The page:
Imparting the Ability to Think Critically

I have always felt, and have come to believe even more during my educational career, that the single most valuable thing we can impart on students is the ability to think in a critical manner.  The advent and subsequent explosion of technological means of instant communication and the rise of social media influence has only made this a more difficult task.


Wade into any comment section on an on-line article at your own risk; the bile, venom, and seemingly misplaced hatred will at least give you pause, and at most shake your faith in our species.


It seems as if the plethora of information brought on by our technological advances has, instead of clarifying issues, made things much more muddy.  Back in the early days of the internet, when I was student teaching in Chicago, a student turned in a paper that, in great detail, discussed the holocaust being an elaborate hoax.  He listed as sources multiple internet sites that when viewed did indeed list “facts” and statistics supporting this student’s paper.  (Note: It is fascinating to read how Eisenhower, when he liberated concentration camps, anticipated this sort of thing happening.  He ordered hours of film to be shot and thousands of photographers to document the atrocities that he found, and also invited multiple congressmen to be flown over to witness what had happened in those places.)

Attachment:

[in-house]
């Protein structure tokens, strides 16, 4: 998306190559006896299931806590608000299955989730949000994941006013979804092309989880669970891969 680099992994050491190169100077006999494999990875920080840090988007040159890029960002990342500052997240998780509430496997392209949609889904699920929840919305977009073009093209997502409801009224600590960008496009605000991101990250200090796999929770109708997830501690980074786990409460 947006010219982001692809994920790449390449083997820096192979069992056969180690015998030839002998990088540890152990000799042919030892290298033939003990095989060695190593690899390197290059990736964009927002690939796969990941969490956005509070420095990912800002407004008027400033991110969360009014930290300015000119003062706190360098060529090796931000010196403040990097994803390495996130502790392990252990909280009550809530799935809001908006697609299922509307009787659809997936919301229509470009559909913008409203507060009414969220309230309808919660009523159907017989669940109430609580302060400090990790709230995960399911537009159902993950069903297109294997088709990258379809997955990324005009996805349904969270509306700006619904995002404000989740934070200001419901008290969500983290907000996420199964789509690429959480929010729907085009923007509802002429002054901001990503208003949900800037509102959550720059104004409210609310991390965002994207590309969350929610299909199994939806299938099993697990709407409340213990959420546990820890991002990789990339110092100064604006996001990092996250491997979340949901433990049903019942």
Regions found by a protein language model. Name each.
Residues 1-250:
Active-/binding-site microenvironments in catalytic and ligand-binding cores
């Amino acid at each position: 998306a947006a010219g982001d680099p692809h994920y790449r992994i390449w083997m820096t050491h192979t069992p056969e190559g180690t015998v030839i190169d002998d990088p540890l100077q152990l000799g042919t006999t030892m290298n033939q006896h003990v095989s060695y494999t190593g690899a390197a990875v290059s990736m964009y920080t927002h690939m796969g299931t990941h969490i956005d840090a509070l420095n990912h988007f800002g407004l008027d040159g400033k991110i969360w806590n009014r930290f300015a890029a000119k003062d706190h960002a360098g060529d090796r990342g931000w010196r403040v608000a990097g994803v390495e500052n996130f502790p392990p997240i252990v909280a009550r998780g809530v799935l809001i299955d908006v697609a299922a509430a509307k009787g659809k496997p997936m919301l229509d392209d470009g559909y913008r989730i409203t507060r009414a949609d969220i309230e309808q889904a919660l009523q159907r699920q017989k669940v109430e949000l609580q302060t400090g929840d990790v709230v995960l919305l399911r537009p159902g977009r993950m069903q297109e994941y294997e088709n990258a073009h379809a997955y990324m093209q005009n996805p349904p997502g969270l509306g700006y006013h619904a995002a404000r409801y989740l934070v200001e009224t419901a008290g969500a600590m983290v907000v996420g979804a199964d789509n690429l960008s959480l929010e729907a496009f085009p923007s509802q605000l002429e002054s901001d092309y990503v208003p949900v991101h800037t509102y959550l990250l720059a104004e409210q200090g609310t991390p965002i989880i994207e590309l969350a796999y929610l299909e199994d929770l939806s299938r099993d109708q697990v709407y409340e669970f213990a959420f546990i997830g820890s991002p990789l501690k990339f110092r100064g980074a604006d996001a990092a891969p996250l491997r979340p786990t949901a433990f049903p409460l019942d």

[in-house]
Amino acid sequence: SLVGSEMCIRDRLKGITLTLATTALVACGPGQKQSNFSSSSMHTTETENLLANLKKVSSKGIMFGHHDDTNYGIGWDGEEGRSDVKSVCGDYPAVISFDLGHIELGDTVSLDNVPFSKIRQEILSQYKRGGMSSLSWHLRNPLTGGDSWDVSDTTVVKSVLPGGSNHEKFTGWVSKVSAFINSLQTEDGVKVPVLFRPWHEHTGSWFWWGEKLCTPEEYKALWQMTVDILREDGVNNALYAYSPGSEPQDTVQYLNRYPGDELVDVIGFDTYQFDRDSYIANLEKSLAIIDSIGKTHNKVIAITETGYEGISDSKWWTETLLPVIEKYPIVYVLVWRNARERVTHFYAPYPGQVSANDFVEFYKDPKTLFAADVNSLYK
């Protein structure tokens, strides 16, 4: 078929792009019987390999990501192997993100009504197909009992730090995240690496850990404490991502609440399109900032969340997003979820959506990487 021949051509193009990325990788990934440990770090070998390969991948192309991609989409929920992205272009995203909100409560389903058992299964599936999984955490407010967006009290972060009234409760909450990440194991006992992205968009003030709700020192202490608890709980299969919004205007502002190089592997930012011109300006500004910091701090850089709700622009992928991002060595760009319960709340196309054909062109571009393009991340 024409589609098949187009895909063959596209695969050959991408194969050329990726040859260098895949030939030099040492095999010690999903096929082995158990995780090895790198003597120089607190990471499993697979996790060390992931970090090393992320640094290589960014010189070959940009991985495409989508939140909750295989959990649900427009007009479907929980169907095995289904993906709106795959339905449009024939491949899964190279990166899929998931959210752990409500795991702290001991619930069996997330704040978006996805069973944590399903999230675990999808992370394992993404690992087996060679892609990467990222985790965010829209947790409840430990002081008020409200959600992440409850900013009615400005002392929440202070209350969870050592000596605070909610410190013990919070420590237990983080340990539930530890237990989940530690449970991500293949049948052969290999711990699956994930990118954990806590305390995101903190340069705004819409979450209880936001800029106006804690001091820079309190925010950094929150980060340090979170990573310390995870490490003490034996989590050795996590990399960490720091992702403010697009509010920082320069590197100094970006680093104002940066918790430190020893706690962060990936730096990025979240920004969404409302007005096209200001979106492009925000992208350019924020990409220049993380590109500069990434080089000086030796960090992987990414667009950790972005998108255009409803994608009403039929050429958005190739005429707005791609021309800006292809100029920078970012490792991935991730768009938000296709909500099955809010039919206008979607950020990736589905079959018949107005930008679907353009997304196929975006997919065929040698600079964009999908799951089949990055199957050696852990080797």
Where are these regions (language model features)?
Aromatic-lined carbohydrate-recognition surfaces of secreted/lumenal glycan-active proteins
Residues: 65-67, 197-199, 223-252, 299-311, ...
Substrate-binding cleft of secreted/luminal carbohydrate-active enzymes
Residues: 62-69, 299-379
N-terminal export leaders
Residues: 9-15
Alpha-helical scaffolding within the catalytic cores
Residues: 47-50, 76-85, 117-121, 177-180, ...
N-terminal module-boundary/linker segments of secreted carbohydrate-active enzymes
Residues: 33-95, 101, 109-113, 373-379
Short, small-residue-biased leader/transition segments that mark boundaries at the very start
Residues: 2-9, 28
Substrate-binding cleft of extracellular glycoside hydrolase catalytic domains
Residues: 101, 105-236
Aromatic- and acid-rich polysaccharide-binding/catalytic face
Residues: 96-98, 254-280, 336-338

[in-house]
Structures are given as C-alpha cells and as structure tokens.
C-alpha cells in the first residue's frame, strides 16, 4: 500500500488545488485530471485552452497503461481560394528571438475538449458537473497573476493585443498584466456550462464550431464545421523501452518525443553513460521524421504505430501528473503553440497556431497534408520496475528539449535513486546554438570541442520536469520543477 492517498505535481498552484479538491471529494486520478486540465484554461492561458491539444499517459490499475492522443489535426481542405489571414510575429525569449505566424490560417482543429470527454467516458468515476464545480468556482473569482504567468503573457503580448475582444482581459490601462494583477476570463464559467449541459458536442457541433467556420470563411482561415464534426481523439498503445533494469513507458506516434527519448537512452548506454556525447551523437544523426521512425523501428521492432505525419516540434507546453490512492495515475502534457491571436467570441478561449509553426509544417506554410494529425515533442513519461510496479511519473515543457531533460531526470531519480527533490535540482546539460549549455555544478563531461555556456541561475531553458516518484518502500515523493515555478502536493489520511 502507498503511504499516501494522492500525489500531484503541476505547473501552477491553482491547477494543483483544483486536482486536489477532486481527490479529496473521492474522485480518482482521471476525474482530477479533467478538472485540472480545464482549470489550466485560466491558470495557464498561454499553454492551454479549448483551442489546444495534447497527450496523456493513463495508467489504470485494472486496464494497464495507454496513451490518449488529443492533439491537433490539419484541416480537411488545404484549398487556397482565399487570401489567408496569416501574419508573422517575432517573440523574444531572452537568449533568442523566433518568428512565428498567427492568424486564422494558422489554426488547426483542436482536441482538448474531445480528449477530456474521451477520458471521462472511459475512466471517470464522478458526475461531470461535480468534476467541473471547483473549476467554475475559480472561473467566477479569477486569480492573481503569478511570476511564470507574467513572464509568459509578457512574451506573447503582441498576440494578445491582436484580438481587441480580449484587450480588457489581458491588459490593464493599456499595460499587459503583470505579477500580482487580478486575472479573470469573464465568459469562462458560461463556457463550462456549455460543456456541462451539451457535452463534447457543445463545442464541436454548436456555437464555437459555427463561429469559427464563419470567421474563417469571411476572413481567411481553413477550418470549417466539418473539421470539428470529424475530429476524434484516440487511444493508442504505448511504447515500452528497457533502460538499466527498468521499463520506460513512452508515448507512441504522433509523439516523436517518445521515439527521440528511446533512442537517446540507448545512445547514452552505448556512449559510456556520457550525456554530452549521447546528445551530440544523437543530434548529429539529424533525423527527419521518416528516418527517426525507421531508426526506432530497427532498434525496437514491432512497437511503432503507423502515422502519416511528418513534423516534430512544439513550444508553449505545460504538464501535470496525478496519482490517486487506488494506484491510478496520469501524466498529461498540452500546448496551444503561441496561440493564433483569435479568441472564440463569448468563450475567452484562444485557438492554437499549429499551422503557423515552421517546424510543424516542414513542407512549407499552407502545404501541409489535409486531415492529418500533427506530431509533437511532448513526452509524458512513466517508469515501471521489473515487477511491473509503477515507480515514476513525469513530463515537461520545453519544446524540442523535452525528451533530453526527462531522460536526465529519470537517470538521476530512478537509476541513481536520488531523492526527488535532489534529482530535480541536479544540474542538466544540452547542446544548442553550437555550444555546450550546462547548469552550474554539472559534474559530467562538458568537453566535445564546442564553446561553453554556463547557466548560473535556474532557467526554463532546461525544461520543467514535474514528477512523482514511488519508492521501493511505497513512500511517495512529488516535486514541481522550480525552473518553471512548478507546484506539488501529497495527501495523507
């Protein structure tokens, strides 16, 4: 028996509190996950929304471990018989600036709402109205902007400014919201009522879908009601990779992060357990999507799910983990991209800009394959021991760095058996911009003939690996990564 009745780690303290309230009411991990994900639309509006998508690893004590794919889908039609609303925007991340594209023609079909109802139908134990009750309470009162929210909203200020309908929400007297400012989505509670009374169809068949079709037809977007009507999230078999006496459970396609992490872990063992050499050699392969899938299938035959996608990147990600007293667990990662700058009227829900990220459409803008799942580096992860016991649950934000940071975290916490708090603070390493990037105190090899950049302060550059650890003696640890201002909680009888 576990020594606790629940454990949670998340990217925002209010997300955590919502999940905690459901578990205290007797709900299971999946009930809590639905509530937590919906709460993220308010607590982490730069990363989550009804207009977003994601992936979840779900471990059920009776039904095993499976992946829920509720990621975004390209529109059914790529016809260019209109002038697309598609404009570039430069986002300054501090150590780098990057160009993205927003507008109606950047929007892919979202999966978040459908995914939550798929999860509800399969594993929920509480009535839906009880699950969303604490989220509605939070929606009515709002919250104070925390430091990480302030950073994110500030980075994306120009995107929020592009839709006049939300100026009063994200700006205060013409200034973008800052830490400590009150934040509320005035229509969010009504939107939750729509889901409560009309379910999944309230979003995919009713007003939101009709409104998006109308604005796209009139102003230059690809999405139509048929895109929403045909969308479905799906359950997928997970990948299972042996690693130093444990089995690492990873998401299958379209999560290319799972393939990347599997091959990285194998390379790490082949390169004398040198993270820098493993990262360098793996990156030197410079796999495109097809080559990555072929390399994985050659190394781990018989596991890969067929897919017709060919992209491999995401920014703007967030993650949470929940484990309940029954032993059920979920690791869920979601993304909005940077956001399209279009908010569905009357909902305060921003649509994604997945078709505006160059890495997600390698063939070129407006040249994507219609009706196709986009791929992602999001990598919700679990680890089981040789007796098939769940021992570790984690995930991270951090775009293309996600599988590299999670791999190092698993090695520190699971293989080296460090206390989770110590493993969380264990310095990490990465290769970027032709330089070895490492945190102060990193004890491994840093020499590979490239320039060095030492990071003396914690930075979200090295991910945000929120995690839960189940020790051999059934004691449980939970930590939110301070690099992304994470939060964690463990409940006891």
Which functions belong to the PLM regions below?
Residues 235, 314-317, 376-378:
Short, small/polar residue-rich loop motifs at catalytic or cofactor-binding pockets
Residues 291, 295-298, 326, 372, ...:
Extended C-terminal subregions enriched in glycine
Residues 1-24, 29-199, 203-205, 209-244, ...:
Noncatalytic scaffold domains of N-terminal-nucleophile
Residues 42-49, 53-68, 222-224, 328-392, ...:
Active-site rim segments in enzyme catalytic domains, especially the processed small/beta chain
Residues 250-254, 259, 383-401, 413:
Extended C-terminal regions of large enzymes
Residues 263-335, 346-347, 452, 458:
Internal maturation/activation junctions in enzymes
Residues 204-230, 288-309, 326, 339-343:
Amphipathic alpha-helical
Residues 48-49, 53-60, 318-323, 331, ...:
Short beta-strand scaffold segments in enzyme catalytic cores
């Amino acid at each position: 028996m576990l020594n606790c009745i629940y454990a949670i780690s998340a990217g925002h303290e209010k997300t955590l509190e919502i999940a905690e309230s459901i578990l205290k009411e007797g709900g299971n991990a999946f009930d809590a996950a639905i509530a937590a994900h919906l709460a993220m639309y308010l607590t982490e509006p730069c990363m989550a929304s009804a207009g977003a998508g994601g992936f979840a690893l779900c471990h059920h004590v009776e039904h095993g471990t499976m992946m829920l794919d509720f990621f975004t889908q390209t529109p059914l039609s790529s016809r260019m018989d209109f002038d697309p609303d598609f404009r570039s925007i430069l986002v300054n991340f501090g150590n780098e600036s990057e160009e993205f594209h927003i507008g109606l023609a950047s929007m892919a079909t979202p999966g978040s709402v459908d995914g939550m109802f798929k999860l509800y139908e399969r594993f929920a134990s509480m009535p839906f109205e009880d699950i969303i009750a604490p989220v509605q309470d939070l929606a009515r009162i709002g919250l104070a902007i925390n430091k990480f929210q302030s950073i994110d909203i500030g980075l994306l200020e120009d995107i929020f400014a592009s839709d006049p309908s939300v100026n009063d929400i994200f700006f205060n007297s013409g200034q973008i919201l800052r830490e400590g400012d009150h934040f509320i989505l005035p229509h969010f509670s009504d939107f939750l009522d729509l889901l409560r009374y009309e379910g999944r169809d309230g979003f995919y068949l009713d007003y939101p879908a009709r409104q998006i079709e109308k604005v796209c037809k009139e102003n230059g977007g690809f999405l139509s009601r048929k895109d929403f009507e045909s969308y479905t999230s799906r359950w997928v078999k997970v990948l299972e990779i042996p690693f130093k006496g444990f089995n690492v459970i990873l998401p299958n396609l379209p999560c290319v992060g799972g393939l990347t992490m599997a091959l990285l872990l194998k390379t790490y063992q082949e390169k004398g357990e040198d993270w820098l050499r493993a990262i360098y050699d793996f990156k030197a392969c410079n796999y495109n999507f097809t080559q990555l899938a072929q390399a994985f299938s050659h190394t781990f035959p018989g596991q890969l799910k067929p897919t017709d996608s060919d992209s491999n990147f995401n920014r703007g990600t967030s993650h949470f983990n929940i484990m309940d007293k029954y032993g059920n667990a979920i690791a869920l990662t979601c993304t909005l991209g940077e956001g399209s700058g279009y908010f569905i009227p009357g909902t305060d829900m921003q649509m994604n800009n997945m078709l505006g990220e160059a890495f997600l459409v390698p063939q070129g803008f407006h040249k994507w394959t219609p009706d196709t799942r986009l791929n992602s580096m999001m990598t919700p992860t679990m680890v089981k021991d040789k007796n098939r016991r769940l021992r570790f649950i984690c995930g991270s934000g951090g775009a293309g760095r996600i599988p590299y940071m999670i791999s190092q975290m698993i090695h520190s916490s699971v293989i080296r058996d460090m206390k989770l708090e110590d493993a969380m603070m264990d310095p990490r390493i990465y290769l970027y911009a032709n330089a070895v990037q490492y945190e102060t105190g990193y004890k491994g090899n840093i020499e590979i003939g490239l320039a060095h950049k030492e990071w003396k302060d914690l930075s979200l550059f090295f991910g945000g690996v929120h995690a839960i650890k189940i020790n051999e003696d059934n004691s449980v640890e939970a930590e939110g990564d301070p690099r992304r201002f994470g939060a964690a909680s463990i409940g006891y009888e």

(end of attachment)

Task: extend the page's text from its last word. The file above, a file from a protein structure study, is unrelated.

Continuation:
Long story short, we have become a people that don’t seek information, we seek validation.  Any opinion that you form, you can find support for it.  I can make a rock solid case based on internet information that aliens built the pyramids and that Paul McCartney is a plumber that replaced the real Paul in 1966. 


Thinking critically is becoming, pardon the pun, more critical.  And the kicker to this is, it’s hard.  Hard work is difficult, and thinking is hard work.  Dr. King said the function of education is “to teach one to think intensively and to think critically.”  Intensive thinking is intense; it requires commitment, hard work, and oftentimes a level of sacrifice and suffering that is difficult to summon.


Adrienne Rich spoke not only on the hard work of thinking, but the responsibility of it: “Responsibility to yourself means refusing to let others do your thinking, talking, and naming for you; it means learning to respect and use your own brains and instincts; hence, grappling with hard work.”


We all understand that anything worth having will be difficult; there’s very little more valuable than the ability to think for yourself.  Thanks to all of you who demonstrate these qualities, and impart them on our community’s kids!